The Pastoral is full of good things too. There is all the advantage of antiphonal first and second violins in the development section of the first movement. The "Scene by a Brook" is ravishingly played, clear and redolent of Springtime. The celebrating peasants of the third movement are certainly athletic and, it has to be said, they are disturbed by a storm that is not one of the loudest or most cataclysmic on record. On the other hand, the Finale is warmly and tenderly phrased and the whole ends most beautifully.

The Seventh is one of the best available at the moment and one of the real high-points of the set. The attack in the slow introduction to the first movement almost put me in mind of the famous 1936 Toscanini/New York recording. This is followed by a wonderfully articulated and surprisingly quick performance of the Allegro proper (exposition repeat included, of course). The allegretto "Pilgrims' March" movement that follows it seems, in comparison, quite slow, but it is up to a proper allegretto speed. The scherzo is very clearly delivered and the trumpets ring out with great confidence in the trio section. Oddly, the last movement seems to be rather slower initially that one would have expected. But it is immaculately performed with crystal-clear playing in all departments of the orchestra, building to a very intense experience indeed, capped by some notable horn playing. Superb.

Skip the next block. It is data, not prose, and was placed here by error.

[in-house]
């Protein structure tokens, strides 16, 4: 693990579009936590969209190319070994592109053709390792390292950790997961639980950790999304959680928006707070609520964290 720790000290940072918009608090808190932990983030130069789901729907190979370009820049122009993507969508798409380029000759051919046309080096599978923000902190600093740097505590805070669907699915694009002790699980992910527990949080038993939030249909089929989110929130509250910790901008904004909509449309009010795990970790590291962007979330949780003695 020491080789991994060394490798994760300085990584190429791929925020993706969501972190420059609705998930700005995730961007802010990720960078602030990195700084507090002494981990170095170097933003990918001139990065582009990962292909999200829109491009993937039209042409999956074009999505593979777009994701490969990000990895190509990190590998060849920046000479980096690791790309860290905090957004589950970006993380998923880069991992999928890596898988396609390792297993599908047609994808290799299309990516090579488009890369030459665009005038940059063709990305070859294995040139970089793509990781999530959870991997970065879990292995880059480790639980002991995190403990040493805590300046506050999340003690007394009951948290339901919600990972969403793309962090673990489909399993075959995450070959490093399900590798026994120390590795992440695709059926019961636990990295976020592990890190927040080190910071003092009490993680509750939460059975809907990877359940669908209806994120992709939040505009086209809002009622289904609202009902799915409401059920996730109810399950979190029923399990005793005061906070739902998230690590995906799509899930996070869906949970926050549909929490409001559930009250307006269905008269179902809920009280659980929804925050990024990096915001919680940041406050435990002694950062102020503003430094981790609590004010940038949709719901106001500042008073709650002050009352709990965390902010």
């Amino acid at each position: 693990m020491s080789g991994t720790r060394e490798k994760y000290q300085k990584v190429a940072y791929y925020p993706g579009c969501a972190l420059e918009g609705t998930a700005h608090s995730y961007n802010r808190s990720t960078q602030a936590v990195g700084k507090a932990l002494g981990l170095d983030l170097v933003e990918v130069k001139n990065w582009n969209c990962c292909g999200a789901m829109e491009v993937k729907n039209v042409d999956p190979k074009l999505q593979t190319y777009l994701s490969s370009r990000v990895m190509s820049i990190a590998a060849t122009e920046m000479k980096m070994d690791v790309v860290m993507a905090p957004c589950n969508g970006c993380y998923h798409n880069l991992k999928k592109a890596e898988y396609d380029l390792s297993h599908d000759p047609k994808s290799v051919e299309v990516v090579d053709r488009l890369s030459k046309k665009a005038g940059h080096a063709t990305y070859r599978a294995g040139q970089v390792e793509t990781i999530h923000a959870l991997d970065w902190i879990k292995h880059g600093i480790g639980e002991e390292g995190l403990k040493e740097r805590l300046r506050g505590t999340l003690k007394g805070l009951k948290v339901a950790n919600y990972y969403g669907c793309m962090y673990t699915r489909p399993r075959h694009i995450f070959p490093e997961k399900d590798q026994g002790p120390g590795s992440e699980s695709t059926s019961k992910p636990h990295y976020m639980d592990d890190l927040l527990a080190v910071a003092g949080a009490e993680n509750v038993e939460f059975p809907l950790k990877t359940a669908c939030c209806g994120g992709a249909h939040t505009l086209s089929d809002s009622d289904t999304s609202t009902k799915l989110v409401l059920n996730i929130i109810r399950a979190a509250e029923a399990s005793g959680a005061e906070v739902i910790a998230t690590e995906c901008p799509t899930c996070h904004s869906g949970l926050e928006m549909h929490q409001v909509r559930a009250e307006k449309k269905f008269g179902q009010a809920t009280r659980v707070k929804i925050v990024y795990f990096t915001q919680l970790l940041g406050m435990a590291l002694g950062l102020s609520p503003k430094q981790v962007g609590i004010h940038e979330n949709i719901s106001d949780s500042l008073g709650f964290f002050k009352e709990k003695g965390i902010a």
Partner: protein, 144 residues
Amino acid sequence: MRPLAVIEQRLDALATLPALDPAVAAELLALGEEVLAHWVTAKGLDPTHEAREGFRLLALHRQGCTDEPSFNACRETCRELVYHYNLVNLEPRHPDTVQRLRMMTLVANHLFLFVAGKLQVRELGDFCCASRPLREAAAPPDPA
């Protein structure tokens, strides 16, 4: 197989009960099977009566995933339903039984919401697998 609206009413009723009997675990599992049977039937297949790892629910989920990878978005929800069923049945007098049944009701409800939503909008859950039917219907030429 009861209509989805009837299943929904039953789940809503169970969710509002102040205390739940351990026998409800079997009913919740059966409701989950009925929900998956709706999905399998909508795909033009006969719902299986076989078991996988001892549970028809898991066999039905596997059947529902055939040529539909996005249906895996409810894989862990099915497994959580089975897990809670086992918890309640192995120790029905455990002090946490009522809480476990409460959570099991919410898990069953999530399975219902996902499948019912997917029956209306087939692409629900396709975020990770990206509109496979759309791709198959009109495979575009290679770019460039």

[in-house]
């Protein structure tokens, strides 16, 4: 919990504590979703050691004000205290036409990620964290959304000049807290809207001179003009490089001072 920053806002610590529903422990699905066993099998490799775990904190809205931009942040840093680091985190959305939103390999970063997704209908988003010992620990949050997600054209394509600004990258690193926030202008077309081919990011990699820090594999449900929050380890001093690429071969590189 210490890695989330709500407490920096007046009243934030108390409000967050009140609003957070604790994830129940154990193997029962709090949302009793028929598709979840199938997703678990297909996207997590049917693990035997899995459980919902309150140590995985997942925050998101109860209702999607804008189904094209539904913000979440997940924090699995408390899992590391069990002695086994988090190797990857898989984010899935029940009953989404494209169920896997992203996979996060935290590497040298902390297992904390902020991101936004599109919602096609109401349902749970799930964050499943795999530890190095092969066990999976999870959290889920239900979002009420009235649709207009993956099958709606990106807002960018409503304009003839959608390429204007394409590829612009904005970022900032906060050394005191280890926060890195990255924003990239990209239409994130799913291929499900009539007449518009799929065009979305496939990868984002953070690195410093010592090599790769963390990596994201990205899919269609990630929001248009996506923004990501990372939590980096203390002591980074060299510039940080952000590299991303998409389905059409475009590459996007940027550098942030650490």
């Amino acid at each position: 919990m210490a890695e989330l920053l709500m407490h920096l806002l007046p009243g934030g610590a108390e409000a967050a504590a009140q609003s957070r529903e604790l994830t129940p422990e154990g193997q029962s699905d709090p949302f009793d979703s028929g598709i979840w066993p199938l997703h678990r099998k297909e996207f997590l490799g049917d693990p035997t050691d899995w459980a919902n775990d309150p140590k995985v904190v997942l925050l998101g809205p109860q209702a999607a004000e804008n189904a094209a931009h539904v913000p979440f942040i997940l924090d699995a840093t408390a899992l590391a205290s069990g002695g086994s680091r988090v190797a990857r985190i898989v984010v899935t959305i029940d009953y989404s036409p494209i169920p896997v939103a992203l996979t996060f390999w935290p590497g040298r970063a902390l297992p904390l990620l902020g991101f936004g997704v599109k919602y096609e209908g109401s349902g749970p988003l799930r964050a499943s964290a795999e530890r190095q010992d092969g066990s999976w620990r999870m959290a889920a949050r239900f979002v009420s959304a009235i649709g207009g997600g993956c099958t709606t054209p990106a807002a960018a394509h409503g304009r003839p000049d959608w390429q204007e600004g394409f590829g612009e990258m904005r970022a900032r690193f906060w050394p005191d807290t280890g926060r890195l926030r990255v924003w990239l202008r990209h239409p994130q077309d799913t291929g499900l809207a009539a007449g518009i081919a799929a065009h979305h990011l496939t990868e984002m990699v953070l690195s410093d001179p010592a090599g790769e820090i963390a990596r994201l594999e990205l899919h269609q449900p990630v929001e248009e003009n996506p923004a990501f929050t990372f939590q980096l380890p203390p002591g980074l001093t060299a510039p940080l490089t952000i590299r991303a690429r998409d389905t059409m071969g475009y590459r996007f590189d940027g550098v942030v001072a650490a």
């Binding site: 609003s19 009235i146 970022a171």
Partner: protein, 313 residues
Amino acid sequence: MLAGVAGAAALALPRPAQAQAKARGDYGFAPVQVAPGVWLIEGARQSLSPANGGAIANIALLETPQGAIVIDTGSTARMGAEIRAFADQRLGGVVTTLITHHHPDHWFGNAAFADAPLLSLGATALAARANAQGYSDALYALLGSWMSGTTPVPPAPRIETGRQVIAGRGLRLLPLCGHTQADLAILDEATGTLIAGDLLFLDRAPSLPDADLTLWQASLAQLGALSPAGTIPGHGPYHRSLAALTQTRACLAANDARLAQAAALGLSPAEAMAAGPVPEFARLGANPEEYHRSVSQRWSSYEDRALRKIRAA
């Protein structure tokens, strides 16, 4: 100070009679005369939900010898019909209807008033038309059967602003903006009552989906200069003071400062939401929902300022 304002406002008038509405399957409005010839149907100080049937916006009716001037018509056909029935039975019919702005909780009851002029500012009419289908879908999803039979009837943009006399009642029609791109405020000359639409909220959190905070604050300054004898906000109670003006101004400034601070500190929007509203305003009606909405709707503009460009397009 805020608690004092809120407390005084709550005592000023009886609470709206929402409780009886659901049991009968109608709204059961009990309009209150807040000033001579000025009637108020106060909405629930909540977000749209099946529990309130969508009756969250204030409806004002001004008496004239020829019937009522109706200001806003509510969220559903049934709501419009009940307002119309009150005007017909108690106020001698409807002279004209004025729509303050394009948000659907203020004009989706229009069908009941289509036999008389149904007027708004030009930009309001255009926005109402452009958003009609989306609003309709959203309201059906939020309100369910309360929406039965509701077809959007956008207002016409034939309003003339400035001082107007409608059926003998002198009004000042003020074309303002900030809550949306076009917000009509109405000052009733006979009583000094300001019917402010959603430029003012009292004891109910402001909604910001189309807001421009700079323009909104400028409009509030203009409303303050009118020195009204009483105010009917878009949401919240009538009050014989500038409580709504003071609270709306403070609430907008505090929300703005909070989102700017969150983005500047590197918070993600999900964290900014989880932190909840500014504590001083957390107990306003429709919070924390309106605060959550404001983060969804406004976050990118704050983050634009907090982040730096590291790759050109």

I have to say that I found the Eighth symphony to be worthy of inclusion in the set, particularly because of the lightly articulated Finale. But the middle movement somehow failed to catch fire. Perhaps I did not leave enough time between listening to the remarkable Seventh and this smaller symphony.